- What do we do? Lay down the core tasks of the team. Task sequencing varies from one sector to another. Identifying them according to the nature of your business will help you scheme for more specific solutions.
- How do we do it? Follow existing workflows and processes and examine how tasks should be done. Paying attention to the details of this phase can uncover many unknowns, inefficiencies, and even errorsr. This step can be enlightening and have a massive impact on overall efficiency.
- Why do we do it? This phase highlights the reasons for the need for a workflow analysis in the first place.
- What does each team or department do? Many business workflows and processes are cross-functional, meaning they involve other departments and teams. This means you need to have a clearer view of how the product or project travels through the process and in between departments.
Answers to these questions will serve as your guide to enhancing your existing workflows and even building new ones.
Now, let’s move onto the steps you need to take to conduct your workflow analysis:
Step 1: Evaluate Your Workflow
Understand and document the scope of your workflow. Let’s use the task of producing a marketing video as an example. Work with or shadow a video producer or content creator to see and understand the process for how a video is created.
Then, ask the following questions:
- What’s the result of the workflow?
- What is the subprocess of the workflow?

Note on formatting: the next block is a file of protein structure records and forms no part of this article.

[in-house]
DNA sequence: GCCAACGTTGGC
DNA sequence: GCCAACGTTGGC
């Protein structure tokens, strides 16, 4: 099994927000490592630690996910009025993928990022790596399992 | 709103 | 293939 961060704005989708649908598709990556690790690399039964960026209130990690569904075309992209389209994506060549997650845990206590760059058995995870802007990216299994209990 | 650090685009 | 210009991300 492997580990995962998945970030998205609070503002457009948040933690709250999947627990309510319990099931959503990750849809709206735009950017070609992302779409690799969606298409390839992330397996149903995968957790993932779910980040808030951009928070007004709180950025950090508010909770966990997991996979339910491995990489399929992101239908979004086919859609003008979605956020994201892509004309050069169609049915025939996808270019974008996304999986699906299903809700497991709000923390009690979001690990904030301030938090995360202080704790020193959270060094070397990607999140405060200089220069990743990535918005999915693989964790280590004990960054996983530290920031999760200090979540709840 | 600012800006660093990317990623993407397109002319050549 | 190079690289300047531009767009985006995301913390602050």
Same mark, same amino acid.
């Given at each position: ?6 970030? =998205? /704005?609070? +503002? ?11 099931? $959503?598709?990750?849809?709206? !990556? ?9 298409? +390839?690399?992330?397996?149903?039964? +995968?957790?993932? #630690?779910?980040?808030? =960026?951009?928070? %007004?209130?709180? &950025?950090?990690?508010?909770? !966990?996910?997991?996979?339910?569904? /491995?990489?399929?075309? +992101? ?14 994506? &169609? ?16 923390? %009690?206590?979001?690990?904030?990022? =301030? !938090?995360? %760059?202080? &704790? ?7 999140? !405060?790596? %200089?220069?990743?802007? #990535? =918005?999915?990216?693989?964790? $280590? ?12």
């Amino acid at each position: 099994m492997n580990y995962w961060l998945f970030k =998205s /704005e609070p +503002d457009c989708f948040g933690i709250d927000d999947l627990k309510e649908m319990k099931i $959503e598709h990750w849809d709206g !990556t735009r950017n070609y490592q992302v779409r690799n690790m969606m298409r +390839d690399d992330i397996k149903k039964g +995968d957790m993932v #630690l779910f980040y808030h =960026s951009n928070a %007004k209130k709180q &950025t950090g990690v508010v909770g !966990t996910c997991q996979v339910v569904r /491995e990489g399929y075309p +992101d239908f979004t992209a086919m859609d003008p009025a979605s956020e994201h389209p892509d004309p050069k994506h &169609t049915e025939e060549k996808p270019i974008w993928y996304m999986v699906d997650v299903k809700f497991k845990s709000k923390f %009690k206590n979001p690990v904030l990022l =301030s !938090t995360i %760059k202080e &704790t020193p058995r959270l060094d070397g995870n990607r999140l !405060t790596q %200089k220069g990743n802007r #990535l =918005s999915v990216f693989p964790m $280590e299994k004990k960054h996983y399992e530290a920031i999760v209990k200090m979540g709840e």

- Do problems occur? If so, what are they?
- Which subprocess is causing problems?
Step 2: Collect Data
Conducting a workflow analysis involves collecting both quantitative and qualitative data.
Quantitative data involves collecting numerical data related to a process or workflow. The best way to gather quantitative data is by keeping in mind how large the workflow you are planning to improve or optimize is.
Qualitative data consists of the factors that contribute to your in-depth understanding of the workflow. With such data, you’ll be able to dig deeper into the problem and come up with better solutions. This reveals the root of the problem and validates your quantitative data.
Step 3: Analyze the Data and Ask Questions
Once you have collected all the necessary information, it’s time to analyze your current findings and begin to ask some critical questions. Combine both qualitative and quantitative data sources. As you go through the merged data, look into the subprocesses that are affiliated with the issues and problems. Then, ask yourself the following questions:
- What is working?
- What isn’t?
- Have we made any progress toward our goals?
- What and where can we make improvements?
If your processes and workflows aren’t working, then zero in on what improvements you can make and how you can optimize.
Step 4: Identify Possible Improvements and Implement Workflow Changes
Once you identify where your workflows could be improved and how, the next step is to begin mapping out some solutions. Gather your team and schedule a brainstorming session. You may jot down all possible solutions in a spreadsheet and rate them one by one. Companies use software to improve their workflow and you can apply the same strategy for your new implementations.
Performing a Workflow Analysis in Less Time
The day-to-day “whirlwind” of business operations can redirect team members’ focus on simply keeping up with daily responsibilities rather than goals. This is often where performing a workflow analysis falls by the wayside. Of course, it can take time and effort to do an analysis, but it is necessary to ensure your business is running like a well-oiled machine.
Rindle can help you build, monitor, and track your workflows, all in a single interface. It is also designed with key features and functionality, such as automations to further improve and optimize your workflows. If you and your team have been struggling with the “how” of building workflows and regularly performing workflow analyses, then Rindle is the answer.